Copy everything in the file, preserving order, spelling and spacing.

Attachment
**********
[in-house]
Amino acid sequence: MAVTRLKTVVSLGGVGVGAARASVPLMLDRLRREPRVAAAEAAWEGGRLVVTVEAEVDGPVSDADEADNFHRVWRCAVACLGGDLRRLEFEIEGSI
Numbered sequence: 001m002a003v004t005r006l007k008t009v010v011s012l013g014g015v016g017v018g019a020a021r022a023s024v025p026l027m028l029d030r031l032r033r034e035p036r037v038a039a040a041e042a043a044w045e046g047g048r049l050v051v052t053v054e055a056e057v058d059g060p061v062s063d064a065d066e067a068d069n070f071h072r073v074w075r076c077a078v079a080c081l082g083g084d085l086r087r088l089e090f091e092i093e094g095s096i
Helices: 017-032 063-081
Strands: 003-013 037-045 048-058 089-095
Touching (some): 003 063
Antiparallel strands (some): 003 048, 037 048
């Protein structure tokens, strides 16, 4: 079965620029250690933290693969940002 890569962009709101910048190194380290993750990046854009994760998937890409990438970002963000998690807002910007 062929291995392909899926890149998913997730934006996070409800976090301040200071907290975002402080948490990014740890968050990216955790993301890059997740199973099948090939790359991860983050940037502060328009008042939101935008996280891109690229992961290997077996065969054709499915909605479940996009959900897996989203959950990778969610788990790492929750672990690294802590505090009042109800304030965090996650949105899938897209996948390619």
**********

[in-house]
Amino acid sequence: MAVTRLKTVVSLGGVGVGAARASVPLMLDRLRREPRVAAAEAAWEGGRLVVTVEAEVDGPVSDADEADNFHRVWRCAVACLGGDLRRLEFEIEGSI
Numbered sequence: 001m002a003v004t005r006l007k008t009v010v011s012l013g014g015v016g017v018g019a020a021r022a023s024v025p026l027m028l029d030r031l032r033r034e035p036r037v038a039a040a041e042a043a044w045e046g047g048r049l050v051v052t053v054e055a056e057v058d059g060p061v062s063d064a065d066e067a068d069n070f071h072r073v074w075r076c077a078v079a080c081l082g083g084d085l086r087r088l089e090f091e092i093e094g095s096i
Helices: 017-032 063-081
Strands: 003-013 037-045 048-058 089-095
Touching (some): 003 063
Antiparallel strands (some): 003 048, 037 048
């Protein structure tokens, strides 16, 4: 079965620029250690933290693969940002 890569962009709101910048190194380290993750990046854009994760998937890409990438970002963000998690807002910007 062929291995392909899926890149998913997730934006996070409800976090301040200071907290975002402080948490990014740890968050990216955790993301890059997740199973099948090939790359991860983050940037502060328009008042939101935008996280891109690229992961290997077996065969054709499915909605479940996009959900897996989203959950990778969610788990790492929750672990690294802590505090009042109800304030965090996650949105899938897209996948390619």